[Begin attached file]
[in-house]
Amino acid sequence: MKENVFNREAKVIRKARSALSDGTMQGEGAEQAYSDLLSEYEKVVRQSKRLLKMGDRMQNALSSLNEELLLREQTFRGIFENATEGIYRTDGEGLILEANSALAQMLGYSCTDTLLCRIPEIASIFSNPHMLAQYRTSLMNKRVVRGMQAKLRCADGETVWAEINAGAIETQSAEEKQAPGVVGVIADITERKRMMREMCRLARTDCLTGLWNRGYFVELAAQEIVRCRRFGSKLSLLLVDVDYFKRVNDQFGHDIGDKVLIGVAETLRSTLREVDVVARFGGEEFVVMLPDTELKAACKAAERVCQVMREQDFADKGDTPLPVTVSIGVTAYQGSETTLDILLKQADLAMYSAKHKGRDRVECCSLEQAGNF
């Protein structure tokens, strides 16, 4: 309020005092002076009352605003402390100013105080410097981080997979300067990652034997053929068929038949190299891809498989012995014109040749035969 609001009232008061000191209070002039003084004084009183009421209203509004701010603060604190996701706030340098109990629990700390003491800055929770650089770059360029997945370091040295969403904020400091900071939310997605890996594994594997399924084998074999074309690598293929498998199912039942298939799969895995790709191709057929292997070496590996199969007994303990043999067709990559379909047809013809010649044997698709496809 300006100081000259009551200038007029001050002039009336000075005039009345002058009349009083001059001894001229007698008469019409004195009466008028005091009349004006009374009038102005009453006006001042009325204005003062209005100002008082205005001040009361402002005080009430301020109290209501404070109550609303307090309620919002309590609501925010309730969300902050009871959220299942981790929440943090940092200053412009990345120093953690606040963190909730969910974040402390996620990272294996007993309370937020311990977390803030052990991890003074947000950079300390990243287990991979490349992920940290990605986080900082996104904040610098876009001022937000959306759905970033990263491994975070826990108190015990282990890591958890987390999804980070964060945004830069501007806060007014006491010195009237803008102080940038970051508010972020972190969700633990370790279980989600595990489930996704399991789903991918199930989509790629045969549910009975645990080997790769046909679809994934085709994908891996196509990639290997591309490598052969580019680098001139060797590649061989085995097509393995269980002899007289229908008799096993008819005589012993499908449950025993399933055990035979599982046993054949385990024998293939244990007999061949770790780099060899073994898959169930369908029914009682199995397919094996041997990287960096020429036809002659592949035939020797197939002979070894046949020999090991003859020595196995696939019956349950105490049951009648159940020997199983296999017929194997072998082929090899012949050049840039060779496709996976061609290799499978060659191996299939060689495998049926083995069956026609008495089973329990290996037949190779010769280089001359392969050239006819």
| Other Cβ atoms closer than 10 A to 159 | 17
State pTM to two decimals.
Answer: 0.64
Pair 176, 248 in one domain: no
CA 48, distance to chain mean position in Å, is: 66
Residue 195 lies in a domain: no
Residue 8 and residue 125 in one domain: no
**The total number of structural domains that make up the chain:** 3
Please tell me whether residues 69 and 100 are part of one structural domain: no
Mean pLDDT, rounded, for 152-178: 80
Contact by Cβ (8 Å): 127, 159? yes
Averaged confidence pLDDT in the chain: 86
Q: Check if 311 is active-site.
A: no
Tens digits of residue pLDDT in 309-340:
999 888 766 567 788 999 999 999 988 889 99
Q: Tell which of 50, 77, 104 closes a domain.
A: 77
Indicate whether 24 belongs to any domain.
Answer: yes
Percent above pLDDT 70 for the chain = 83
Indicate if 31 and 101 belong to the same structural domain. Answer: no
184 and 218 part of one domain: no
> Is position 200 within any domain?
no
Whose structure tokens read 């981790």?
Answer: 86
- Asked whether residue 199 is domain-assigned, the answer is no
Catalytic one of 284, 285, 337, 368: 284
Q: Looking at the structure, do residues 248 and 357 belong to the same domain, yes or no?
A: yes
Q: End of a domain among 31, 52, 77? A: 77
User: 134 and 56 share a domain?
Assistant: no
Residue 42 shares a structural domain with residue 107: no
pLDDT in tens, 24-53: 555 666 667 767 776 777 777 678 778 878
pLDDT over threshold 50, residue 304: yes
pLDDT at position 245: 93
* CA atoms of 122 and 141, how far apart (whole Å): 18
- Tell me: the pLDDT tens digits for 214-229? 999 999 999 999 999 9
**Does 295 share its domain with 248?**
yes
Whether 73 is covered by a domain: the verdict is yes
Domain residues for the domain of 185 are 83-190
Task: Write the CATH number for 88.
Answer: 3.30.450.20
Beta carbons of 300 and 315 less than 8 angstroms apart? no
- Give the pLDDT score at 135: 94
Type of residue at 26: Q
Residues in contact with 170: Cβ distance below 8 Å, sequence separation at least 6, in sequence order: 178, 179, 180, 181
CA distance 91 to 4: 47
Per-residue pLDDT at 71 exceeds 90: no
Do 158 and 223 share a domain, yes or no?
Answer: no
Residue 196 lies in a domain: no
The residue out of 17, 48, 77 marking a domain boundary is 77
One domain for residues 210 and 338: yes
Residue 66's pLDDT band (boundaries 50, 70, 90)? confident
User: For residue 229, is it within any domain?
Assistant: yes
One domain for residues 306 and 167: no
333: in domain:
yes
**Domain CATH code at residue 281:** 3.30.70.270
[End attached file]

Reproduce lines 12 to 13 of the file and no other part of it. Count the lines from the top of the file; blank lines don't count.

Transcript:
Please tell me whether residues 69 and 100 are part of one structural domain: no
Mean pLDDT, rounded, for 152-178: 80